• Health secretary's claims challenged • Scheme will 'encourage promiscuity'
By Richard Shaw
THE ARCHBISHOP of Westminster has condemned the Government's decision to permit the sale on demand of the "morning-after" pill.
Archbishop Cormac Murphy-O'Connor said the move was futile and would not reduce the number of teenage pregnancies.
"To make the morningafter pill available to teenagers over the counter encourages sexual promiscuity, and increasingly isolates young people in difficulty from the help and advice they need, the archbishop said.
It is futile to address the problem of teenage pregnancies, which are so numerous in this country. without reference to clear moral principles. To continue the pretence that each person can decide for themselves what is right and wrong just compounds the problem."
He added: "Merely providing ever easier access to early forms of • abortion will not work. It is crucial for the moral health of our society that we rediscover the true place of sex in human relationships."
Cardinal Thomas Winning of Glasgow said the move marked another stage in the loss of respect for human life. He challenged the Government's claim that the drug, which is taken within 72 hours of sexual intercourse, was a contraceptive. "These pills are not contraceptives. Morning-after pills are abortifacients," he said.
The cardinal's view was confirmed by the medical journal The Lancet, which said that the pill, known as Levonelle, contained an active ingredient which prevented the implantation of a fertilised egg and was, therefore, an abortifacient.
Levonelle, which is currently available only on prescription. will be given over the counter to women over the age of 16 from New Year's Day. The health secretary, Alan Milburn, who introduced the measure on Monday, said it would cut the rate of teenage pregnancies in Britain, which is currently the highest in Europe.
Many MPs, both Catholic and non-Catholic, have criticised the move. Joe Benton, Labour MP for Bootle, said it was "morally objectionable", while Fiona Jones, Labour MP for Newark, said the Government needed to focus on discouraging teenagers from having sex outside marriage.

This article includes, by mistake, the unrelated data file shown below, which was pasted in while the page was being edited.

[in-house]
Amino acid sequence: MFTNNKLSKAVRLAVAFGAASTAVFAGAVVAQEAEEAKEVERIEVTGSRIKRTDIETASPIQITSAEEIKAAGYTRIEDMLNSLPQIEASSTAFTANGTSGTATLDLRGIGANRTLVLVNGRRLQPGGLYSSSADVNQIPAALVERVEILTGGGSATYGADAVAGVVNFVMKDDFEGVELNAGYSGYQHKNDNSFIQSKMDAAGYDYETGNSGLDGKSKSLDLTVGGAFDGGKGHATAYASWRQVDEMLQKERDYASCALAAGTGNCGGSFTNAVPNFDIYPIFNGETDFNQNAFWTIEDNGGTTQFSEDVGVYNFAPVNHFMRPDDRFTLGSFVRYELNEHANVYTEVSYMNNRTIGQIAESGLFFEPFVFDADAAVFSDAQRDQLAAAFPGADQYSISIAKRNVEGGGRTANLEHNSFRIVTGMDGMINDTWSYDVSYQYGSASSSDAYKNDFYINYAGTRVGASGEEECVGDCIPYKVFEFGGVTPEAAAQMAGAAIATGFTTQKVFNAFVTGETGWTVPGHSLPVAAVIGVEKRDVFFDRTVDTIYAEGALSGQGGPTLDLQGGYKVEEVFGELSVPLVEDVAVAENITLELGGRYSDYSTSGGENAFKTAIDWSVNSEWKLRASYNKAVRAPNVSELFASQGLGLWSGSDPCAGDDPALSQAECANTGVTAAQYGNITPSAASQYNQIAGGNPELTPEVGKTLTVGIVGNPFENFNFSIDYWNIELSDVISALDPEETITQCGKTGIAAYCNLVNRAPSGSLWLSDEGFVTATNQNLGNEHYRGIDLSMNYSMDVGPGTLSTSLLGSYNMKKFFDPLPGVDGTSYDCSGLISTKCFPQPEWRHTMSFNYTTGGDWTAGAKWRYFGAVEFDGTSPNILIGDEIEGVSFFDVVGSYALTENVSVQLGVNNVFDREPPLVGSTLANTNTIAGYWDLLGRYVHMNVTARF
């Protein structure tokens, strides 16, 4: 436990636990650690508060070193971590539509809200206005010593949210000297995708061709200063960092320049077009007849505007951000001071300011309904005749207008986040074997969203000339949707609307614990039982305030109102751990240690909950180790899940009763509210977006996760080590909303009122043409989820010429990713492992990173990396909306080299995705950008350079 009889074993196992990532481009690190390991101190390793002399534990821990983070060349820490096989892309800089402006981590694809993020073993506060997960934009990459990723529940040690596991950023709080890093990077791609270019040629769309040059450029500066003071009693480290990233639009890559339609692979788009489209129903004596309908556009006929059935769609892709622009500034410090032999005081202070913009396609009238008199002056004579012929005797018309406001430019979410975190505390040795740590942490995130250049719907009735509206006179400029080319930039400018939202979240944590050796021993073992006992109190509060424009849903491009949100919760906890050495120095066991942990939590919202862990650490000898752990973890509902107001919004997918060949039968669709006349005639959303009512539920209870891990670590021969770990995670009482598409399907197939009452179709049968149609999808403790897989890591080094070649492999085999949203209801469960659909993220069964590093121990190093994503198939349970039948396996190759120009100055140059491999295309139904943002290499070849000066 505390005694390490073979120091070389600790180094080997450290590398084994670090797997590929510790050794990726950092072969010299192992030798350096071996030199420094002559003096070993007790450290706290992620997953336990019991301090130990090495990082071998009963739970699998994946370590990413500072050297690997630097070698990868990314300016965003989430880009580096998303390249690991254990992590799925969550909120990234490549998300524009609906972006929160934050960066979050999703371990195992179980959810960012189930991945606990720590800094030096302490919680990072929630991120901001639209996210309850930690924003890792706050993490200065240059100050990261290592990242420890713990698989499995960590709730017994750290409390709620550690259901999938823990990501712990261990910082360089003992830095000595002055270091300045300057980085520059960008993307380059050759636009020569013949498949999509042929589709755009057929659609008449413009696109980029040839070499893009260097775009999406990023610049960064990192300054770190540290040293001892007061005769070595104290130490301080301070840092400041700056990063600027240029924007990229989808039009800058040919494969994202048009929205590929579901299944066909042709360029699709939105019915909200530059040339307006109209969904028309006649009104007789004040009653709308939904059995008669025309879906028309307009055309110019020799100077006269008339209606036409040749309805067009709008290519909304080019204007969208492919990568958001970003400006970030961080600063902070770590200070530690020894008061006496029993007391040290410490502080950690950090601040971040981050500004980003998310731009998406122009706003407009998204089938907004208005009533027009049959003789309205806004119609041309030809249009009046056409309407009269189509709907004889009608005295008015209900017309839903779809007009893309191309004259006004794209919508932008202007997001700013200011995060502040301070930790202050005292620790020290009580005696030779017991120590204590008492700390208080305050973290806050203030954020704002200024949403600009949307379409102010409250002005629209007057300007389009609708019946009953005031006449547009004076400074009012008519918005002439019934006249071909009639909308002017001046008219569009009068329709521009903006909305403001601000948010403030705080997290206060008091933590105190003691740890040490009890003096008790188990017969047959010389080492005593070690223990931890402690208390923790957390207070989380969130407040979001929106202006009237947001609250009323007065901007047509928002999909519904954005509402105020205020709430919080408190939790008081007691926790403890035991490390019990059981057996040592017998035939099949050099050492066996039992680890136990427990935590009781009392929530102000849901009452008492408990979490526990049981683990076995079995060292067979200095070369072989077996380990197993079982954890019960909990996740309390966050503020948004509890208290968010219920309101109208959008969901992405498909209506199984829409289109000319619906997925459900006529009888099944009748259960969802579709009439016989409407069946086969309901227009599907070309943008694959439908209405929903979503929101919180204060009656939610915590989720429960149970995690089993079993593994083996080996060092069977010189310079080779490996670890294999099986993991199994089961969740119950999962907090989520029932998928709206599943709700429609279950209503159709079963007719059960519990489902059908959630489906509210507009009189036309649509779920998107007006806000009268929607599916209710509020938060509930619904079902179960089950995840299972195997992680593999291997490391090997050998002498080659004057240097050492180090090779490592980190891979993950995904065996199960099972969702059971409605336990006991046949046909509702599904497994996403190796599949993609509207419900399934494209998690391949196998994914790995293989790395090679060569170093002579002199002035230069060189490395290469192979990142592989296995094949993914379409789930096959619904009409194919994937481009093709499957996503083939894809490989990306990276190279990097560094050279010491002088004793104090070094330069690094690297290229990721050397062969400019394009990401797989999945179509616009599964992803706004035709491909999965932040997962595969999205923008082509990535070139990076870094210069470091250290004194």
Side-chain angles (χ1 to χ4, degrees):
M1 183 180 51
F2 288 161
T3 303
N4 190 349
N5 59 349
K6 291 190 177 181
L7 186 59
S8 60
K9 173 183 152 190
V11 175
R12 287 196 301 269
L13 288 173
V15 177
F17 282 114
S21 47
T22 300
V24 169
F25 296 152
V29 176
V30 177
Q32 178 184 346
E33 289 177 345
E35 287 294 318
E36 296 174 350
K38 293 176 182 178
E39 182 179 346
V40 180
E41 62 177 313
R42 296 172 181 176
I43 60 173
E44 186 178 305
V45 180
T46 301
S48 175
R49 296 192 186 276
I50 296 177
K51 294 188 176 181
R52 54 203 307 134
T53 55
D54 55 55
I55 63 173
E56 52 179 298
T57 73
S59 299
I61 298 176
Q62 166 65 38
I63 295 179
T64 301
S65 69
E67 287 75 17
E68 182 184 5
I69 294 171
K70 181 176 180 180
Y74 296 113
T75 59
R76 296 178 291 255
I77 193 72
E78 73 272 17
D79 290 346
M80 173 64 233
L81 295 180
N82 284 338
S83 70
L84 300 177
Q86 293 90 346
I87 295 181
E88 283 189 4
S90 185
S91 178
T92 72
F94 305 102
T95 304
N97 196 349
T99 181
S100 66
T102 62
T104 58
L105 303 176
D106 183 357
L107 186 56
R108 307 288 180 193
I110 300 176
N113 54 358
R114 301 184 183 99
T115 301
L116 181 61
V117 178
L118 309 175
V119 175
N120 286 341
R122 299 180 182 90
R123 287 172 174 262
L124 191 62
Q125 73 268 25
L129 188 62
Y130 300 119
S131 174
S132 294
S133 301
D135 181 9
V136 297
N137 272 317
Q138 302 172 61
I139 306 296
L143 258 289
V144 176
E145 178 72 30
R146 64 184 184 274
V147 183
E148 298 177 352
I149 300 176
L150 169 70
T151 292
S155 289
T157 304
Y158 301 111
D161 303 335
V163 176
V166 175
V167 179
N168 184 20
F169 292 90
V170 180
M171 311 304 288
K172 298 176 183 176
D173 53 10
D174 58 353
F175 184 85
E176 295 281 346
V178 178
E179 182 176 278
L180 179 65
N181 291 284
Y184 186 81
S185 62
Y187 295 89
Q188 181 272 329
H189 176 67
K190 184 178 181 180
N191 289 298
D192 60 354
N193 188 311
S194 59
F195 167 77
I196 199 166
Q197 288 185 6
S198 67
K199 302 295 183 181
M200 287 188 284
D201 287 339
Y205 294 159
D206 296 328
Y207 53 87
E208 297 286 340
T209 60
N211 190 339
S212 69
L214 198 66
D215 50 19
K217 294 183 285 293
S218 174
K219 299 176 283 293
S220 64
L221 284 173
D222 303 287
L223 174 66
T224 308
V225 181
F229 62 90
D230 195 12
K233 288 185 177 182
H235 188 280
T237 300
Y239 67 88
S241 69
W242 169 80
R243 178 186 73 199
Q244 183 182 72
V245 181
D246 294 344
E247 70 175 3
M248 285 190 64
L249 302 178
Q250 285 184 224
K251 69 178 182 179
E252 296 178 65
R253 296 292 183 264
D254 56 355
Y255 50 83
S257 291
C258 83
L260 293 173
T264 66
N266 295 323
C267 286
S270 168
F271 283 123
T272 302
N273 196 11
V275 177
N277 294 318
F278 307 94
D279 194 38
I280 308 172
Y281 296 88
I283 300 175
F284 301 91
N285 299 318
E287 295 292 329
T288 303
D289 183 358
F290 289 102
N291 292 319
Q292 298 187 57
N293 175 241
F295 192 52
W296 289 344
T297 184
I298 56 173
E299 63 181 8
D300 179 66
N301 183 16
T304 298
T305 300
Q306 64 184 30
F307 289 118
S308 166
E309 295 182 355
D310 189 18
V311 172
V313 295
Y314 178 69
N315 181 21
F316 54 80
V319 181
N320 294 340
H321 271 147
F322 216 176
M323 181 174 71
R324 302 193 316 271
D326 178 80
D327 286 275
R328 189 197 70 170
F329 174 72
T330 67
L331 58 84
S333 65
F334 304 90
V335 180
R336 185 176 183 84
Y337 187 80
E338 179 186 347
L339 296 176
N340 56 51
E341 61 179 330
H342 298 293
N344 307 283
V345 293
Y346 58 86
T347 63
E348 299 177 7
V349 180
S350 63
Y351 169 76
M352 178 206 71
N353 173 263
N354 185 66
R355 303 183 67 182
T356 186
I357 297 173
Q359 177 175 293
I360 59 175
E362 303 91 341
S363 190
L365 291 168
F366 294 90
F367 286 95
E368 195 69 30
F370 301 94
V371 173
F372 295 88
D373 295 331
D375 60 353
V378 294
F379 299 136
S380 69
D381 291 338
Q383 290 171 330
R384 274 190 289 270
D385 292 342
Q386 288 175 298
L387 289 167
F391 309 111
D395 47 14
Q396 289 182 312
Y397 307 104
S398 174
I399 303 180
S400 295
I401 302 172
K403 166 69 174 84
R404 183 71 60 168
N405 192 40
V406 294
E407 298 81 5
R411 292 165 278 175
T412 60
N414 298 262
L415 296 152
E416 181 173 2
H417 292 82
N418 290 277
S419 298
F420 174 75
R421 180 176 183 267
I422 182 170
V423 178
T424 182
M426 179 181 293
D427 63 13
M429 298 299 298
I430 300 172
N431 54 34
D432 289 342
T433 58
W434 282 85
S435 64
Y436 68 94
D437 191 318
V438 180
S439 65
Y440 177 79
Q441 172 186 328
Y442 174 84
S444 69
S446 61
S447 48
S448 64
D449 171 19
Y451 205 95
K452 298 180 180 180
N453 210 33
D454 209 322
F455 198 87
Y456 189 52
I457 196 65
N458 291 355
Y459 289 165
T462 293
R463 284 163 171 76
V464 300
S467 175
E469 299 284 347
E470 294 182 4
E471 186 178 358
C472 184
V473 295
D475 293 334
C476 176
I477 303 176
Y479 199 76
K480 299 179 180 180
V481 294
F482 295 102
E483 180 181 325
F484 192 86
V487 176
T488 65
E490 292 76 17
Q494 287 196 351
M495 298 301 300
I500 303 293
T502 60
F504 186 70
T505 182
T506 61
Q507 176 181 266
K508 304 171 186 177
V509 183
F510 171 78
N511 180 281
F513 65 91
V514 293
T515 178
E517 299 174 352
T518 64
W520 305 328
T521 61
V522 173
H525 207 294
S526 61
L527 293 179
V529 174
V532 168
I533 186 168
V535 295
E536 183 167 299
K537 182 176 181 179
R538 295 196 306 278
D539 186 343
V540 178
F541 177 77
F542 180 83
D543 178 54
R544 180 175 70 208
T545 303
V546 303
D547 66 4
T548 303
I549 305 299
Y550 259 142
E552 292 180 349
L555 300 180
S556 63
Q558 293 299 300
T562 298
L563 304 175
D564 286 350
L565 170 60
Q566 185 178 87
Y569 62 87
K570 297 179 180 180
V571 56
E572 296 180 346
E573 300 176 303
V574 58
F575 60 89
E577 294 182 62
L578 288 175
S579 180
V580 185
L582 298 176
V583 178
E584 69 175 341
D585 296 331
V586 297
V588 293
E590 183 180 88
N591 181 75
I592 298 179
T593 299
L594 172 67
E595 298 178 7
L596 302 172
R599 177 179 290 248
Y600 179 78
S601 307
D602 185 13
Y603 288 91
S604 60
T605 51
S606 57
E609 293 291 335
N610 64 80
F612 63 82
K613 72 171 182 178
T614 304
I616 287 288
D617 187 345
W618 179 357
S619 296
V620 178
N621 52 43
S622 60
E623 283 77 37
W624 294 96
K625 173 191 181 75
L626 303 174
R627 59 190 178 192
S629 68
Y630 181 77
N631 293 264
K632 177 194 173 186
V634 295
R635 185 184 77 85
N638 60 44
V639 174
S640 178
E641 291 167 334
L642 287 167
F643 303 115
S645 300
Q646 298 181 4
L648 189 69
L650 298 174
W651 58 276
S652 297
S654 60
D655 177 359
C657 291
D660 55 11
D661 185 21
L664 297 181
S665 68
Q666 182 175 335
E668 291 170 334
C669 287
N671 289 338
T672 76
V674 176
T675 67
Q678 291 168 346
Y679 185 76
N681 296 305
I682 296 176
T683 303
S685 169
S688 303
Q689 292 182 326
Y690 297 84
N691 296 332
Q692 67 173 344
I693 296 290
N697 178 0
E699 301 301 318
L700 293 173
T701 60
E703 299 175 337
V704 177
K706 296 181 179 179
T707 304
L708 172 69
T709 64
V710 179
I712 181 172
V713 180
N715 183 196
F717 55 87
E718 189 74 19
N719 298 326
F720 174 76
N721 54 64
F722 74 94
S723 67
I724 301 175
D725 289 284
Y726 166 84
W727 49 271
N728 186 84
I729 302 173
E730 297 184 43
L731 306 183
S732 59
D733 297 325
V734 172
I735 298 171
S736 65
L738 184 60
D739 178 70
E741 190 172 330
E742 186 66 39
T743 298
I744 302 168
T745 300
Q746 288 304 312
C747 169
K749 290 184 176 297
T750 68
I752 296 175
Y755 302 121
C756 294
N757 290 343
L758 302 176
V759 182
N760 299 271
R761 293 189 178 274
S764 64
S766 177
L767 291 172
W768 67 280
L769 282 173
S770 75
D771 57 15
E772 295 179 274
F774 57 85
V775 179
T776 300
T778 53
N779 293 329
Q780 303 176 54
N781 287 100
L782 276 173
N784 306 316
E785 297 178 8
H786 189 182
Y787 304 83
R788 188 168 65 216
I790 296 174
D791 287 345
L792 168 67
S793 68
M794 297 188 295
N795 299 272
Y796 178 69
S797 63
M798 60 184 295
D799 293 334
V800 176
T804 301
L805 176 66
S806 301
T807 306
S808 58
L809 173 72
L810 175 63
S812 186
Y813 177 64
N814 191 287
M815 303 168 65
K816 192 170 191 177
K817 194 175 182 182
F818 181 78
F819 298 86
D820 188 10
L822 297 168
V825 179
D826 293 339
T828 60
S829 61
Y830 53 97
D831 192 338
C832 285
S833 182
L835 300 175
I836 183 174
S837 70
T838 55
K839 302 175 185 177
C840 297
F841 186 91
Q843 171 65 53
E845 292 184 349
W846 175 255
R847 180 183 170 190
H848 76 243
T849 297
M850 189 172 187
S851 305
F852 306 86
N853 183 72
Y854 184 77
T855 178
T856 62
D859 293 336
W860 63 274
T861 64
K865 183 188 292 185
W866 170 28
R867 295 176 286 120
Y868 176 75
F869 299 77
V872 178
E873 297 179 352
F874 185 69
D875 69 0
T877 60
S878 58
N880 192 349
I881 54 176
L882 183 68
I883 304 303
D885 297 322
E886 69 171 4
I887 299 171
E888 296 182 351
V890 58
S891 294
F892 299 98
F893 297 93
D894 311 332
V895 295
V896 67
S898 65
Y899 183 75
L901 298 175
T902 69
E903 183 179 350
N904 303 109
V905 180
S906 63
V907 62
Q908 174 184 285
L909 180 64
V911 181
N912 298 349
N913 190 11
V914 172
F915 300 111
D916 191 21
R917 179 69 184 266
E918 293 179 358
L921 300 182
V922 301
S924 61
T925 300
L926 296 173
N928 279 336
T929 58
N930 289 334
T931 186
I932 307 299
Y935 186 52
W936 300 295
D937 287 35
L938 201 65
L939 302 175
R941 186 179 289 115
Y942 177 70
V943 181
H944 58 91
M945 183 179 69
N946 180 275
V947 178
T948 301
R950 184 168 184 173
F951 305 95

Dr Liam Fox, shadow health secretary, went further saying that the move left him "alarmed and appalled" and would "increase the risk of worsening the current epidemic of sexually-transmitted disease". Paul Tully, general secretary of the Society for the Protection of Unborn Children, said the greater availability of the drug would lead to an increase in conventional abortions.
"The department of health has been promoting morning-after pills for 10 years, yet the abortion rate has increased. Despite nearly a million prescriptions for morning–after pills being issued each year, the number of registered abortions was at its highest ever in 1998.
"Making pharmacies, instead of GPs, responsible for providing morningafter pills will increase the risk of misuse and harm to women. Pharmacists may also find themselves legally liable for events beyond their control."
Nuala Scarisbrick, trustee of the pro-life charity Life, doubted whether the 16 age limit would be enforceable. She said: "In the tests undertaken in Manchester a quarter of those coming forward for the drug were under 16."
On the same day, the British Medical Association urged the government to abolish the age limit. Dr John Chisholm, the BMA's GP leader, said that pharmacies should be allowed to assess whether girls under 16 were competent to use the drug.
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